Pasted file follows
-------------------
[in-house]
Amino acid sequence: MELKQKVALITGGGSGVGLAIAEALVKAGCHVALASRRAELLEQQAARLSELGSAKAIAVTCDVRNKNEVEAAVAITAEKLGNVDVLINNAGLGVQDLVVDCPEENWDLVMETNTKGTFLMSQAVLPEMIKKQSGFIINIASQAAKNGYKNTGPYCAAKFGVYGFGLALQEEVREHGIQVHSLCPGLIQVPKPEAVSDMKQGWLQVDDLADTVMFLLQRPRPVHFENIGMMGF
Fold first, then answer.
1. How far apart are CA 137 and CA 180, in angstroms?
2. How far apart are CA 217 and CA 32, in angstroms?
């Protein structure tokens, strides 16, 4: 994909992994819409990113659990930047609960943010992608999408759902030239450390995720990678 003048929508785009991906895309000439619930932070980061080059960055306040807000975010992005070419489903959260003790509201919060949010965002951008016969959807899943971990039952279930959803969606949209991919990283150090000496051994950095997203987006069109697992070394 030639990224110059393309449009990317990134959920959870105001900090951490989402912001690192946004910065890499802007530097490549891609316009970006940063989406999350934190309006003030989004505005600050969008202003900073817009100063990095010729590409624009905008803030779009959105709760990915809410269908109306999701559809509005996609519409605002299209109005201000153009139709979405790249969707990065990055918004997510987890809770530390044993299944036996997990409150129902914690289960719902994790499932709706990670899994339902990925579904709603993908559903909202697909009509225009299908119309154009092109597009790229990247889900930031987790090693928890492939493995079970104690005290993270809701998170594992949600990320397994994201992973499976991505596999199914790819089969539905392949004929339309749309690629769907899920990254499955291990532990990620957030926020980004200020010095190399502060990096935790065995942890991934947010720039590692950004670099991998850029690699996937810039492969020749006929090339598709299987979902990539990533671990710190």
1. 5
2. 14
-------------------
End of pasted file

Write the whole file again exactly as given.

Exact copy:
[in-house]
Amino acid sequence: MELKQKVALITGGGSGVGLAIAEALVKAGCHVALASRRAELLEQQAARLSELGSAKAIAVTCDVRNKNEVEAAVAITAEKLGNVDVLINNAGLGVQDLVVDCPEENWDLVMETNTKGTFLMSQAVLPEMIKKQSGFIINIASQAAKNGYKNTGPYCAAKFGVYGFGLALQEEVREHGIQVHSLCPGLIQVPKPEAVSDMKQGWLQVDDLADTVMFLLQRPRPVHFENIGMMGF
Fold first, then answer.
1. How far apart are CA 137 and CA 180, in angstroms?
2. How far apart are CA 217 and CA 32, in angstroms?
């Protein structure tokens, strides 16, 4: 994909992994819409990113659990930047609960943010992608999408759902030239450390995720990678 003048929508785009991906895309000439619930932070980061080059960055306040807000975010992005070419489903959260003790509201919060949010965002951008016969959807899943971990039952279930959803969606949209991919990283150090000496051994950095997203987006069109697992070394 030639990224110059393309449009990317990134959920959870105001900090951490989402912001690192946004910065890499802007530097490549891609316009970006940063989406999350934190309006003030989004505005600050969008202003900073817009100063990095010729590409624009905008803030779009959105709760990915809410269908109306999701559809509005996609519409605002299209109005201000153009139709979405790249969707990065990055918004997510987890809770530390044993299944036996997990409150129902914690289960719902994790499932709706990670899994339902990925579904709603993908559903909202697909009509225009299908119309154009092109597009790229990247889900930031987790090693928890492939493995079970104690005290993270809701998170594992949600990320397994994201992973499976991505596999199914790819089969539905392949004929339309749309690629769907899920990254499955291990532990990620957030926020980004200020010095190399502060990096935790065995942890991934947010720039590692950004670099991998850029690699996937810039492969020749006929090339598709299987979902990539990533671990710190």
1. 5
2. 14